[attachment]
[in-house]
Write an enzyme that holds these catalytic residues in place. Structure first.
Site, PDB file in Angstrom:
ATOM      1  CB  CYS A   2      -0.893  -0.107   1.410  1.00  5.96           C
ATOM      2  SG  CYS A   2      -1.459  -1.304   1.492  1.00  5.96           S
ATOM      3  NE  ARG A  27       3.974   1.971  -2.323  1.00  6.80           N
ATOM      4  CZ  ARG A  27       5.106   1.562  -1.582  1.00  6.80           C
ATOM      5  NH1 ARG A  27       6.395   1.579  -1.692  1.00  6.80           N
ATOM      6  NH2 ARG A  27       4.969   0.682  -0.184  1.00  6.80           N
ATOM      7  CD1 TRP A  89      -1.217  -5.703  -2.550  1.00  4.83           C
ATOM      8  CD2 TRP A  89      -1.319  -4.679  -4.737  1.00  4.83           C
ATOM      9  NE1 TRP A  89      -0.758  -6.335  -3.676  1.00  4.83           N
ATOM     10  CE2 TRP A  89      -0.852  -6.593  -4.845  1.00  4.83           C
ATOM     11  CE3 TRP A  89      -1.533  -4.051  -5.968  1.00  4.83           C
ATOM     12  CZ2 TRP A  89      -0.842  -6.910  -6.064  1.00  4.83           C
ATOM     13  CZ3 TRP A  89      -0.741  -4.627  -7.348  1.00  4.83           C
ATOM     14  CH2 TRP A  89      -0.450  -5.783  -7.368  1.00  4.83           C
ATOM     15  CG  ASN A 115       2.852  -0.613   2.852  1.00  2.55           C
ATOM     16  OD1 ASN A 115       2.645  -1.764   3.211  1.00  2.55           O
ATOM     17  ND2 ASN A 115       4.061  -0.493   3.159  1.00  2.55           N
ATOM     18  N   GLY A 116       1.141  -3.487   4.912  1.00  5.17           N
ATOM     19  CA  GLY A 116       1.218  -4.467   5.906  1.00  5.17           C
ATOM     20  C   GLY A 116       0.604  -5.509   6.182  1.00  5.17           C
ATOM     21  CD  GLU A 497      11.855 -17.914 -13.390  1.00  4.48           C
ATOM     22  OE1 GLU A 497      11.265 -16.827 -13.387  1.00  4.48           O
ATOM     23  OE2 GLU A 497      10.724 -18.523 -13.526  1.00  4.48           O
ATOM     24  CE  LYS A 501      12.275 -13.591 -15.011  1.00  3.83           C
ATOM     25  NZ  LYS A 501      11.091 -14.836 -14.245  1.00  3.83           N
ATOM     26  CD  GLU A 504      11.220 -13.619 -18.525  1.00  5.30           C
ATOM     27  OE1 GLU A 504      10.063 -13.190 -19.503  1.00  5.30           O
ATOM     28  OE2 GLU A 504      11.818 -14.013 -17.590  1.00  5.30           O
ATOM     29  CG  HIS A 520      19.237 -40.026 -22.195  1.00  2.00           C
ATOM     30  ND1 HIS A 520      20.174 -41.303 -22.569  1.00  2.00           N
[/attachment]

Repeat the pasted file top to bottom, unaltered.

[in-house]
Write an enzyme that holds these catalytic residues in place. Structure first.
Site, PDB file in Angstrom:
ATOM      1  CB  CYS A   2      -0.893  -0.107   1.410  1.00  5.96           C
ATOM      2  SG  CYS A   2      -1.459  -1.304   1.492  1.00  5.96           S
ATOM      3  NE  ARG A  27       3.974   1.971  -2.323  1.00  6.80           N
ATOM      4  CZ  ARG A  27       5.106   1.562  -1.582  1.00  6.80           C
ATOM      5  NH1 ARG A  27       6.395   1.579  -1.692  1.00  6.80           N
ATOM      6  NH2 ARG A  27       4.969   0.682  -0.184  1.00  6.80           N
ATOM      7  CD1 TRP A  89      -1.217  -5.703  -2.550  1.00  4.83           C
ATOM      8  CD2 TRP A  89      -1.319  -4.679  -4.737  1.00  4.83           C
ATOM      9  NE1 TRP A  89      -0.758  -6.335  -3.676  1.00  4.83           N
ATOM     10  CE2 TRP A  89      -0.852  -6.593  -4.845  1.00  4.83           C
ATOM     11  CE3 TRP A  89      -1.533  -4.051  -5.968  1.00  4.83           C
ATOM     12  CZ2 TRP A  89      -0.842  -6.910  -6.064  1.00  4.83           C
ATOM     13  CZ3 TRP A  89      -0.741  -4.627  -7.348  1.00  4.83           C
ATOM     14  CH2 TRP A  89      -0.450  -5.783  -7.368  1.00  4.83           C
ATOM     15  CG  ASN A 115       2.852  -0.613   2.852  1.00  2.55           C
ATOM     16  OD1 ASN A 115       2.645  -1.764   3.211  1.00  2.55           O
ATOM     17  ND2 ASN A 115       4.061  -0.493   3.159  1.00  2.55           N
ATOM     18  N   GLY A 116       1.141  -3.487   4.912  1.00  5.17           N
ATOM     19  CA  GLY A 116       1.218  -4.467   5.906  1.00  5.17           C
ATOM     20  C   GLY A 116       0.604  -5.509   6.182  1.00  5.17           C
ATOM     21  CD  GLU A 497      11.855 -17.914 -13.390  1.00  4.48           C
ATOM     22  OE1 GLU A 497      11.265 -16.827 -13.387  1.00  4.48           O
ATOM     23  OE2 GLU A 497      10.724 -18.523 -13.526  1.00  4.48           O
ATOM     24  CE  LYS A 501      12.275 -13.591 -15.011  1.00  3.83           C
ATOM     25  NZ  LYS A 501      11.091 -14.836 -14.245  1.00  3.83           N
ATOM     26  CD  GLU A 504      11.220 -13.619 -18.525  1.00  5.30           C
ATOM     27  OE1 GLU A 504      10.063 -13.190 -19.503  1.00  5.30           O
ATOM     28  OE2 GLU A 504      11.818 -14.013 -17.590  1.00  5.30           O
ATOM     29  CG  HIS A 520      19.237 -40.026 -22.195  1.00  2.00           C
ATOM     30  ND1 HIS A 520      20.174 -41.303 -22.569  1.00  2.00           N